Shortly after writing about Why Small Businesses Shouldn’t Be Afraid of Google+ Local, which focused on “best practices” that are still highly relevant in light of the new +Local/Places merger, I began to wonder what other helpful Local ranking tips the average local businessman is missing out on. When I say average, I simply mean those who don’t have time to worry about changes in an algorithm because they’re focused (and rightfully so) on their clients.
To find these tips, I decided to dive deep into the most recent Local Search Ranking Factors. This annual report is compiled by David Mihm and a handful of the best and brightest Local marketers. It shows what the experts deem to be the most important Local ranking factors, and it also provides comments to support their ideas.
I wanted to emphasize some factors, old and new, that give a great boost to your efforts in Local visibility. Also, being a man who enjoys a good acronym, I arranged these four helpful tips to spell out PLUS, simply because I can.
Let’s get rolling, shall we?
Poke Your +Local Page
When speaking of this topic, I feel the need to reference a great quote by Leonardo Davinci that states, “Simplicity is the ultimate sophistication.” This is most definitely the case when it comes to “Poking” our +Local (Places) pages, as it is incredibly simple, yet it has a great impact. Recently Linda Buquet, a Local virtuoso and a Google Top Contributor, wrote a fantastic article about Places Page Pokes.
A poke is a very simple concept, and the steps to give your listing a Poke are even simpler.
- Head over to your Google+ Local Dashboard.
- Click “Edit” on the listing of your choice.
- Without making any edits, hit “Submit.”
Best Get A-Pokin’!
The technical terminology for a Poke is a “null edit,” as it simulates making an update to the details of your listing, thus notifying Google that this is an actively managed, owner-verified listing. It’s akin to wearing a pink muumuu in a large crowd where everyone else is wearing all white; you just get noticed. This also falls under the “freshness factor,” along with regularly updated blogs and active social profiles.
Break out of your shell…Poke your +Local listing today.
Links to +Local Pages and Location Keywords
As opposed to the Places pages of old, Google+ Local pages are indexed.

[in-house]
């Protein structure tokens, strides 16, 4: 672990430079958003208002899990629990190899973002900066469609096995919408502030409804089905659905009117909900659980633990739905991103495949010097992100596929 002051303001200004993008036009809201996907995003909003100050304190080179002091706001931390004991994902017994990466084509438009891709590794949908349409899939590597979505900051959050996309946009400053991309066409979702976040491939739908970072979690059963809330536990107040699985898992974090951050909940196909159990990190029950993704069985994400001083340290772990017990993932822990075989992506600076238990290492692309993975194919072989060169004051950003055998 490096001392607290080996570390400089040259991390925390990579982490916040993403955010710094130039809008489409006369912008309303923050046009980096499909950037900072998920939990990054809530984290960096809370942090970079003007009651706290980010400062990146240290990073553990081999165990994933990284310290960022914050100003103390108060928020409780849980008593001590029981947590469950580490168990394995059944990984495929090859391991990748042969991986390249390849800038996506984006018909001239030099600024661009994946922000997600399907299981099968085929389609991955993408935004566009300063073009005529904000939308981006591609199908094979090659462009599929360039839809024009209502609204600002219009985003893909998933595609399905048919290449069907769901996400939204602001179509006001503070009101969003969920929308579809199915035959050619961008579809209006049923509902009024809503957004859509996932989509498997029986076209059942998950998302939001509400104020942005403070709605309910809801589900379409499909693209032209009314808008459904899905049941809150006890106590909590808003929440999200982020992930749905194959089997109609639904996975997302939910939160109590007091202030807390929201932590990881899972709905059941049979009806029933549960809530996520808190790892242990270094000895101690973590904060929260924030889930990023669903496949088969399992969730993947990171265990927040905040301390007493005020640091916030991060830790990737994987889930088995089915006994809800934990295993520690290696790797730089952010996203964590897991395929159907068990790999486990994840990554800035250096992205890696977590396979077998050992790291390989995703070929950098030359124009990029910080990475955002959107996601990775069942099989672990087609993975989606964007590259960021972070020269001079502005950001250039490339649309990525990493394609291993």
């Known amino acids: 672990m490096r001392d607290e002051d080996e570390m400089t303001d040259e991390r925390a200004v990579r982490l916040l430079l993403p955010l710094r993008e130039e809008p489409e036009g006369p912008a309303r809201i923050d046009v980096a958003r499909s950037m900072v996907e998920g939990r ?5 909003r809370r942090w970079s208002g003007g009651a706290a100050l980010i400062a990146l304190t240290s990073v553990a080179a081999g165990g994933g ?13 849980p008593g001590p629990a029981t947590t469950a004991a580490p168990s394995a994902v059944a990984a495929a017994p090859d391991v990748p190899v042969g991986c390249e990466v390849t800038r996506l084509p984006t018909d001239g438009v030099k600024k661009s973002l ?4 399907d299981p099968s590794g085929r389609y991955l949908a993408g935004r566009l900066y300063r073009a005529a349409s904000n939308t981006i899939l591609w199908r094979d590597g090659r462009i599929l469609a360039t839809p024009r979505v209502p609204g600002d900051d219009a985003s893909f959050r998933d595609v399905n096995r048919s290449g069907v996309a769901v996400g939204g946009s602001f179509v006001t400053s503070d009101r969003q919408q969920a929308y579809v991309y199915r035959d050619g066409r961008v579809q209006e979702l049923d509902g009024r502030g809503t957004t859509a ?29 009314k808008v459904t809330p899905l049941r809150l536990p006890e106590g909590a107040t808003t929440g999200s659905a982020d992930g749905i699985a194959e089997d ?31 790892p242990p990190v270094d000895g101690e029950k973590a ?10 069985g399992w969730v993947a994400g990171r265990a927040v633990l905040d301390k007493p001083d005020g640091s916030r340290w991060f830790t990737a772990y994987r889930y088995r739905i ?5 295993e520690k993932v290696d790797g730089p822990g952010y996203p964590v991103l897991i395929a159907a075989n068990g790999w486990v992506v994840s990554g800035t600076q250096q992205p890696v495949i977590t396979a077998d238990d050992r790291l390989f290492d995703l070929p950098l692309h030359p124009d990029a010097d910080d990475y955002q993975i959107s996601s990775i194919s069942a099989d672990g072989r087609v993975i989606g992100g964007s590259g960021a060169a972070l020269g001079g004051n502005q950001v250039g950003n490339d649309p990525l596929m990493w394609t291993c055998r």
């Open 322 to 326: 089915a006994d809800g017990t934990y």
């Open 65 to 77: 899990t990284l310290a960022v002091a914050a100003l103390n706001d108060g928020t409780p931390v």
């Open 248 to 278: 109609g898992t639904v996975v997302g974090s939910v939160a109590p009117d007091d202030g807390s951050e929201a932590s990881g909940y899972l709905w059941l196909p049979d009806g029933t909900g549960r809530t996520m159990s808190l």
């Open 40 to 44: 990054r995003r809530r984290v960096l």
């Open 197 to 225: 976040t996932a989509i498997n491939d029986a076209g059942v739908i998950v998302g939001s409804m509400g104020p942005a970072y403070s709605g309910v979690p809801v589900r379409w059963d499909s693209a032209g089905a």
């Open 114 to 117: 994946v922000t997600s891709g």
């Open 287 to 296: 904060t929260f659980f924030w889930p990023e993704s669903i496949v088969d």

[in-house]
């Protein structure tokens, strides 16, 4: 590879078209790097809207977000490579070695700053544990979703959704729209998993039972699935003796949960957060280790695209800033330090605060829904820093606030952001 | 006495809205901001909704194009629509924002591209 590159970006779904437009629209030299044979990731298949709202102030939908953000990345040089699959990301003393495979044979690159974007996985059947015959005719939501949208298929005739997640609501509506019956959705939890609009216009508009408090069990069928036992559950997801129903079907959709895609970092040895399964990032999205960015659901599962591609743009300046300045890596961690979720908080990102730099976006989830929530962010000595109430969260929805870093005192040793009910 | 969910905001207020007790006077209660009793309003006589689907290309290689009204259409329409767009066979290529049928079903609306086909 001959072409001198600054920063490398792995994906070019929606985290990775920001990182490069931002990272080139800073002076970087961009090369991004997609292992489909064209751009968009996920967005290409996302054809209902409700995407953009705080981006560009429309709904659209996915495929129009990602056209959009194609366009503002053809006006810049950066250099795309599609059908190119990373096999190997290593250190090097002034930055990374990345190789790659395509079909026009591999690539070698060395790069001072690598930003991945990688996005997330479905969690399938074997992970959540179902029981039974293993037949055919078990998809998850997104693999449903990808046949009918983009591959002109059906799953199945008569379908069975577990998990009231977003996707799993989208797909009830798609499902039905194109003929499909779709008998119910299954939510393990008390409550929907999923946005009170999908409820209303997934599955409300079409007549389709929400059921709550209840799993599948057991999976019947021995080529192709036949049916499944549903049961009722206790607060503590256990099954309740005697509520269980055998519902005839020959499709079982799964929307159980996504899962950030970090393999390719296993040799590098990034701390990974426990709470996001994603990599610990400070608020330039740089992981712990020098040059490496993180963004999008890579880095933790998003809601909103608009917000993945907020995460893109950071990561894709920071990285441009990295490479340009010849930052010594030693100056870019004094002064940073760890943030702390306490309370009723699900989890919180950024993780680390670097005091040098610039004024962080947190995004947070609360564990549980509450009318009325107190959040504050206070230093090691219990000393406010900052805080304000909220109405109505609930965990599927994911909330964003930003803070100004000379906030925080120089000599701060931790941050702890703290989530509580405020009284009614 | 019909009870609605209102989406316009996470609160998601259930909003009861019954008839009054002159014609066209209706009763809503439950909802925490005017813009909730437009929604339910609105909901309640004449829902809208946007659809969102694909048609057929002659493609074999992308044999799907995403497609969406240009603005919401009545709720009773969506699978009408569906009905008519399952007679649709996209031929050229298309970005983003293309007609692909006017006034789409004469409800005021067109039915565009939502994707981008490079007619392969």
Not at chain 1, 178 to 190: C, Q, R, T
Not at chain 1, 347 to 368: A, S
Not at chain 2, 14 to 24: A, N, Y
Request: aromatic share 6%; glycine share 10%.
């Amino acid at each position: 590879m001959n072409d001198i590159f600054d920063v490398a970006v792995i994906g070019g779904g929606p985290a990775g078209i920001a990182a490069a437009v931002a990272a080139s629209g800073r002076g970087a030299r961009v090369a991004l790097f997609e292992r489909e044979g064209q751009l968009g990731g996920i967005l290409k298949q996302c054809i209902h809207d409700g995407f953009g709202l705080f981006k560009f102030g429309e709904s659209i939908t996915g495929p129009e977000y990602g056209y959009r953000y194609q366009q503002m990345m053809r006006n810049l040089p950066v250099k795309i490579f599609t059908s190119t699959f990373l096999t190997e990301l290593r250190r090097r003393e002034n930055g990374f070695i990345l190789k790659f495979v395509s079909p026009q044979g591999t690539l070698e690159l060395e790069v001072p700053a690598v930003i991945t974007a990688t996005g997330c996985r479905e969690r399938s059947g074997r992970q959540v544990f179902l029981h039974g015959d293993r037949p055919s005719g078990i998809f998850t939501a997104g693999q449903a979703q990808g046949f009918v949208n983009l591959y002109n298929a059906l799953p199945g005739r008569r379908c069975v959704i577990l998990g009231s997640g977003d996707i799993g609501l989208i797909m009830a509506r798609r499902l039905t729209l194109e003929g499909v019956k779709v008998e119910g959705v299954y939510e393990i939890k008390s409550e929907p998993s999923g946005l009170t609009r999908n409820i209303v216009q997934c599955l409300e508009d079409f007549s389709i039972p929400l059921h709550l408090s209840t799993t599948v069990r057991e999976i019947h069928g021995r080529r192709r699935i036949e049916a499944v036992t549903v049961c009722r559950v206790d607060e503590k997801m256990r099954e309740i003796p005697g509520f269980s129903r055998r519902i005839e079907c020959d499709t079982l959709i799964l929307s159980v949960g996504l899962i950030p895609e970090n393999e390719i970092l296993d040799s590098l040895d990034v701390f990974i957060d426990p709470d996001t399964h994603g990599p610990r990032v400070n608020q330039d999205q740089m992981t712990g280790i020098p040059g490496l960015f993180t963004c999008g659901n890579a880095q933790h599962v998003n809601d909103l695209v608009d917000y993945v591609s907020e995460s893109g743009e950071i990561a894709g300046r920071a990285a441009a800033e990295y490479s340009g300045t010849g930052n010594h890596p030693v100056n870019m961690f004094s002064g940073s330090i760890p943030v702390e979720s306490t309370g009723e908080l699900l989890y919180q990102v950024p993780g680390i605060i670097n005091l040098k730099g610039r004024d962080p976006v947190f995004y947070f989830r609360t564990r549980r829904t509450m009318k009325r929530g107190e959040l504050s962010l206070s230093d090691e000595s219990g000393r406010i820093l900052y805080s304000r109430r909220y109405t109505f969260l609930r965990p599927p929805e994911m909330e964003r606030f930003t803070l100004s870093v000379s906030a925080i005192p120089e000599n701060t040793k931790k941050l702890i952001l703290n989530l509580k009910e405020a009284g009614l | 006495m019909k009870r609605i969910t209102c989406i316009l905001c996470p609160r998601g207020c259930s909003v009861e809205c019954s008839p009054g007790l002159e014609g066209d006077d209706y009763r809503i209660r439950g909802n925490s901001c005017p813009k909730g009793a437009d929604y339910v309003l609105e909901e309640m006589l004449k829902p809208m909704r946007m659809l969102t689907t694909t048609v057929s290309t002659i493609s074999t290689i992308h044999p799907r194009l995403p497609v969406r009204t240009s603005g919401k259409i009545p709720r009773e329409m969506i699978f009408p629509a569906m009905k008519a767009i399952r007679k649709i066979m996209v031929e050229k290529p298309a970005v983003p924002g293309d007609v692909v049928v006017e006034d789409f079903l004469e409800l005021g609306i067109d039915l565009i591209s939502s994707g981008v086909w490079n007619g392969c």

Does this mean linking to your +Local page will help its visibility in the relevant SERPs? I do believe so, but this doesn’t mean switching any current link building strategy with a strategy to solely target your +Local page.
Dev Basu addresses this new opportunity:
“While in the past Place pages were not indexed by Google, it may be a worthwhile exercise to build links to Google+ Local Pages since they are indexed. One of the easiest ways of doing this may be to link to your Google+ Local page, site-wide from a business’ own company website. One could also add links to the Google+ Local page in other structured and unstructured citation sources that support fields for multiple websites or links to social media channels.”
So, when do you use Location keywords in titles and anchor texts? When used incorrectly, poor anchor text diversity can be seen as a “Spammy SEO” tactic. Nearly all of the recent Google algo updates have targeted spam, and destruction will rain down upon those sites that use “Spammy” optimization tactics! Well, that’s what we’re told, so better safe than sorry, right?
Let us refer to a quote from another Top Contributor, Adam Dorfman, about location keywords:
“Having a business that already has the location in the business title can be a very positive thing when it comes to rankings. But without citations, links, and a website that also includes a matching business title, this can have a very negative impact. In short, be careful when choosing to add a location to your Place page business name.”